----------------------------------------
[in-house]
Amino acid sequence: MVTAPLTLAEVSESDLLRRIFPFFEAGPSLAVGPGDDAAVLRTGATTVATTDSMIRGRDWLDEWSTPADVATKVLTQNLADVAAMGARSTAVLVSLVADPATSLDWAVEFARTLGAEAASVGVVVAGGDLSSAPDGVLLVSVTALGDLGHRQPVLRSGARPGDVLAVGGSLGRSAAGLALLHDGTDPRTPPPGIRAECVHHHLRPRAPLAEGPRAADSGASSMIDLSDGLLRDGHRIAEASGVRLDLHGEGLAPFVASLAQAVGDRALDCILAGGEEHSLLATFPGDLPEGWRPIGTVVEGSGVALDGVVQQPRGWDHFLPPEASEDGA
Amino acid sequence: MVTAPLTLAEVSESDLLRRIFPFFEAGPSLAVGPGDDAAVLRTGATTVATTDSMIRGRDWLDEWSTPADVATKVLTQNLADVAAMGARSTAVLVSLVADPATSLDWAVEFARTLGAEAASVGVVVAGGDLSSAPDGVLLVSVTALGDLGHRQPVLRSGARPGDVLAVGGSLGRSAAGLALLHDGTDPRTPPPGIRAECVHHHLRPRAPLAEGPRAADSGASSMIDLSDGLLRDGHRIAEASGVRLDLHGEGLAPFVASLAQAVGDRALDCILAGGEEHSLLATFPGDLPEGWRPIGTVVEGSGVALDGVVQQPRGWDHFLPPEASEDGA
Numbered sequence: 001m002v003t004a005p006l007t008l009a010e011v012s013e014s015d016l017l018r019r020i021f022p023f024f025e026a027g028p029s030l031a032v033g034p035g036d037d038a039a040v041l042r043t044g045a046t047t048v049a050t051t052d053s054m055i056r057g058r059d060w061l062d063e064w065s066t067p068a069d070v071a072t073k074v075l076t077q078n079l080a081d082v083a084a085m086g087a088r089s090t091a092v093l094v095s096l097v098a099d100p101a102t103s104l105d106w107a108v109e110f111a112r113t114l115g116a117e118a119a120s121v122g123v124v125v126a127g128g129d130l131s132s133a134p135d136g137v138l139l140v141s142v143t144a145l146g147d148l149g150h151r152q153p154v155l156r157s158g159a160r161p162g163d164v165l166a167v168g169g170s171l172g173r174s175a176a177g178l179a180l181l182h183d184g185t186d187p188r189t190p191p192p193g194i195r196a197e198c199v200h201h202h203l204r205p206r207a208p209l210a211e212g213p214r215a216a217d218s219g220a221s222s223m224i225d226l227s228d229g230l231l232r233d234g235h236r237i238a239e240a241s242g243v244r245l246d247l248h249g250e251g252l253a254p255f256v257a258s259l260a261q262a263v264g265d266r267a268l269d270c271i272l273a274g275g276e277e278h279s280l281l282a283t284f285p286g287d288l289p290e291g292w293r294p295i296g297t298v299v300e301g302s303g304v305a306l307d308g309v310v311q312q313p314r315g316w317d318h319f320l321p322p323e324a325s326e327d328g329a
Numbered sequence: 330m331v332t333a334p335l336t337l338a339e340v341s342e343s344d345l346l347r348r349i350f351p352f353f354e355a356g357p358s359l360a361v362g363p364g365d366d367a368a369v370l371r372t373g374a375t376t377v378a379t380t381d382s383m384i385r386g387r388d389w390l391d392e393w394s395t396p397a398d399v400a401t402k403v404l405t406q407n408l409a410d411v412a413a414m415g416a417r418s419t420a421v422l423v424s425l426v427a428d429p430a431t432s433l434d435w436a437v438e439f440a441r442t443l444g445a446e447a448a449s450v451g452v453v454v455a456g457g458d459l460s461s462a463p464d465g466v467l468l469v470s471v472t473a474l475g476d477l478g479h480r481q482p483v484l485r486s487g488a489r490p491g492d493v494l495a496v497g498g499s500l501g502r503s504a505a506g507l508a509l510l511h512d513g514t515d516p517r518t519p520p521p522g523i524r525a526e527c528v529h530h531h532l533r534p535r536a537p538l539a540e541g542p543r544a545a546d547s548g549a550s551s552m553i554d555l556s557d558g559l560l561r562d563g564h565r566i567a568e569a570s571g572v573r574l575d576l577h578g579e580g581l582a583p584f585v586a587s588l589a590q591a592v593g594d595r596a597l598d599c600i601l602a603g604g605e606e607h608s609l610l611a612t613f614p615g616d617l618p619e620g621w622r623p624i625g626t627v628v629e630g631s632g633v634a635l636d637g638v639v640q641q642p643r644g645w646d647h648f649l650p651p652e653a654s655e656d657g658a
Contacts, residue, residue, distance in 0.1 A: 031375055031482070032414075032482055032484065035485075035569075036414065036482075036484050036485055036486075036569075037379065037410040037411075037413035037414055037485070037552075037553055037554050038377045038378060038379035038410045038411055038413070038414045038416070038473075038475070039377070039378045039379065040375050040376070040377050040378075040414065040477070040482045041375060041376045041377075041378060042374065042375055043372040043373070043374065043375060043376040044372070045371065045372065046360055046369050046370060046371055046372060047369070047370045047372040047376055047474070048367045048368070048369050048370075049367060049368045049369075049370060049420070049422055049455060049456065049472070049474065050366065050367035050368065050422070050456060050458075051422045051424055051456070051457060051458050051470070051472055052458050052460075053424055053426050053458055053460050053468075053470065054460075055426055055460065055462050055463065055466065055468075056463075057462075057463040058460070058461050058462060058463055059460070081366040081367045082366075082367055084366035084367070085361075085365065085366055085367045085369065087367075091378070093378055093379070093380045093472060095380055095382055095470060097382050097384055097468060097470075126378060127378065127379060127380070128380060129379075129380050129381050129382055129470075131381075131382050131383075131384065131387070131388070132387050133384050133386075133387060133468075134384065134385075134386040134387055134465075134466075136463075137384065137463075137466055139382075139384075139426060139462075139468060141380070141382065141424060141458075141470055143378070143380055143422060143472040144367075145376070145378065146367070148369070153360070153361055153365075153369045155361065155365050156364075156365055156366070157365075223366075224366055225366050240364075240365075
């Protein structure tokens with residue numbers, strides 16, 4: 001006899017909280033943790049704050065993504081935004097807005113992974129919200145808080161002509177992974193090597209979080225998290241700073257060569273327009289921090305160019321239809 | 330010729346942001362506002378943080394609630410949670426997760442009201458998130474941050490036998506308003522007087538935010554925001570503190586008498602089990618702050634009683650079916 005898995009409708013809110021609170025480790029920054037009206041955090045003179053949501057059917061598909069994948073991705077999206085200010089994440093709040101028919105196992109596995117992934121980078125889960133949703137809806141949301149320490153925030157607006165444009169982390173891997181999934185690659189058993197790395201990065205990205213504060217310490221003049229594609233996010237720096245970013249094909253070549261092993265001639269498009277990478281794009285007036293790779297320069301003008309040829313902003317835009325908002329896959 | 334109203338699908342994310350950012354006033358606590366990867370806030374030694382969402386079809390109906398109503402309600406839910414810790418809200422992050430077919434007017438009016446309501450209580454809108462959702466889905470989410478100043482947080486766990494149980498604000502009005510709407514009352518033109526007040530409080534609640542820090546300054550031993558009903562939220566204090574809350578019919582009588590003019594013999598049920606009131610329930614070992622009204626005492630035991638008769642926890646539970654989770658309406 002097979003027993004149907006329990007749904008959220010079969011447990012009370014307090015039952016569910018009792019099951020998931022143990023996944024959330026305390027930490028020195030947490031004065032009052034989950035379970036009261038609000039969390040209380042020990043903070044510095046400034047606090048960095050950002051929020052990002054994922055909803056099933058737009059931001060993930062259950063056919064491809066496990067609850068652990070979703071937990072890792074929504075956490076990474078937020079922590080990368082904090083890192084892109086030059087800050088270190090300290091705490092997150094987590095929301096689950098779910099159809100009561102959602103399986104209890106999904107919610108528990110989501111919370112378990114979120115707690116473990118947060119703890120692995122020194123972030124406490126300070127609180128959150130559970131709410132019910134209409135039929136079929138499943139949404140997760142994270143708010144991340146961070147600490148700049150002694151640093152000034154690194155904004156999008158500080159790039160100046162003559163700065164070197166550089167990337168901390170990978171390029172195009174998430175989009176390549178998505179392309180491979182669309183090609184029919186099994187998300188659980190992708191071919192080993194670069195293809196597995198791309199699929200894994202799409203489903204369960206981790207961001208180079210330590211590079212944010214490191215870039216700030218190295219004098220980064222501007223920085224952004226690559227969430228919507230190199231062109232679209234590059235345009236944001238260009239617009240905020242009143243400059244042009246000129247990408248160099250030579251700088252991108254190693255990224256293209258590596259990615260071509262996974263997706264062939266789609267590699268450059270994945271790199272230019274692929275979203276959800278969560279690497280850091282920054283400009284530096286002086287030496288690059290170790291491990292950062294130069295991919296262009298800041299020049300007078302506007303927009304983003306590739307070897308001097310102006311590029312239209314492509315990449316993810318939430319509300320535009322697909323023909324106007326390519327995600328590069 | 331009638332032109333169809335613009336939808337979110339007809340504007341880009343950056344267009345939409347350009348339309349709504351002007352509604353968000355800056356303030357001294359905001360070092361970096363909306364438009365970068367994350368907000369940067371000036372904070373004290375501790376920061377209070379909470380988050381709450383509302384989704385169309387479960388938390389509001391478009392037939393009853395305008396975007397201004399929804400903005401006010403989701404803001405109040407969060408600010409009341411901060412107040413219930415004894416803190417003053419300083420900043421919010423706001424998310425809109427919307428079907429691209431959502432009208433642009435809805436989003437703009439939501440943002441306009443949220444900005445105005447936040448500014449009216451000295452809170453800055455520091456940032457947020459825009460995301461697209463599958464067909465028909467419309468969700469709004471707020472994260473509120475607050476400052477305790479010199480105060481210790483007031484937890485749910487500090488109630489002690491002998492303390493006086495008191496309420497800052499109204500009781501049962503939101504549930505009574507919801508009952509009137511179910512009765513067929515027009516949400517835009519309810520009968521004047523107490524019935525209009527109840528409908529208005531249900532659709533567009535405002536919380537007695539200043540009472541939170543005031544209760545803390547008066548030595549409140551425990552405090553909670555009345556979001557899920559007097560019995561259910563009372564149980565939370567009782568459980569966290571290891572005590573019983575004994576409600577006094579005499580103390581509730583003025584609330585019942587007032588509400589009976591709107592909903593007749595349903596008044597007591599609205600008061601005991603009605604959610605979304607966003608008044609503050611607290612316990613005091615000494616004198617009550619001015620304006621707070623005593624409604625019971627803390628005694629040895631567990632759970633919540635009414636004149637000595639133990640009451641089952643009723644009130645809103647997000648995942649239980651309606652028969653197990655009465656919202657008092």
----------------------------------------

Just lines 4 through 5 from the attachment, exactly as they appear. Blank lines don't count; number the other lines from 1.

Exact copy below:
Numbered sequence: 001m002v003t004a005p006l007t008l009a010e011v012s013e014s015d016l017l018r019r020i021f022p023f024f025e026a027g028p029s030l031a032v033g034p035g036d037d038a039a040v041l042r043t044g045a046t047t048v049a050t051t052d053s054m055i056r057g058r059d060w061l062d063e064w065s066t067p068a069d070v071a072t073k074v075l076t077q078n079l080a081d082v083a084a085m086g087a088r089s090t091a092v093l094v095s096l097v098a099d100p101a102t103s104l105d106w107a108v109e110f111a112r113t114l115g116a117e118a119a120s121v122g123v124v125v126a127g128g129d130l131s132s133a134p135d136g137v138l139l140v141s142v143t144a145l146g147d148l149g150h151r152q153p154v155l156r157s158g159a160r161p162g163d164v165l166a167v168g169g170s171l172g173r174s175a176a177g178l179a180l181l182h183d184g185t186d187p188r189t190p191p192p193g194i195r196a197e198c199v200h201h202h203l204r205p206r207a208p209l210a211e212g213p214r215a216a217d218s219g220a221s222s223m224i225d226l227s228d229g230l231l232r233d234g235h236r237i238a239e240a241s242g243v244r245l246d247l248h249g250e251g252l253a254p255f256v257a258s259l260a261q262a263v264g265d266r267a268l269d270c271i272l273a274g275g276e277e278h279s280l281l282a283t284f285p286g287d288l289p290e291g292w293r294p295i296g297t298v299v300e301g302s303g304v305a306l307d308g309v310v311q312q313p314r315g316w317d318h319f320l321p322p323e324a325s326e327d328g329a
Numbered sequence: 330m331v332t333a334p335l336t337l338a339e340v341s342e343s344d345l346l347r348r349i350f351p352f353f354e355a356g357p358s359l360a361v362g363p364g365d366d367a368a369v370l371r372t373g374a375t376t377v378a379t380t381d382s383m384i385r386g387r388d389w390l391d392e393w394s395t396p397a398d399v400a401t402k403v404l405t406q407n408l409a410d411v412a413a414m415g416a417r418s419t420a421v422l423v424s425l426v427a428d429p430a431t432s433l434d435w436a437v438e439f440a441r442t443l444g445a446e447a448a449s450v451g452v453v454v455a456g457g458d459l460s461s462a463p464d465g466v467l468l469v470s471v472t473a474l475g476d477l478g479h480r481q482p483v484l485r486s487g488a489r490p491g492d493v494l495a496v497g498g499s500l501g502r503s504a505a506g507l508a509l510l511h512d513g514t515d516p517r518t519p520p521p522g523i524r525a526e527c528v529h530h531h532l533r534p535r536a537p538l539a540e541g542p543r544a545a546d547s548g549a550s551s552m553i554d555l556s557d558g559l560l561r562d563g564h565r566i567a568e569a570s571g572v573r574l575d576l577h578g579e580g581l582a583p584f585v586a587s588l589a590q591a592v593g594d595r596a597l598d599c600i601l602a603g604g605e606e607h608s609l610l611a612t613f614p615g616d617l618p619e620g621w622r623p624i625g626t627v628v629e630g631s632g633v634a635l636d637g638v639v640q641q642p643r644g645w646d647h648f649l650p651p652e653a654s655e656d657g658a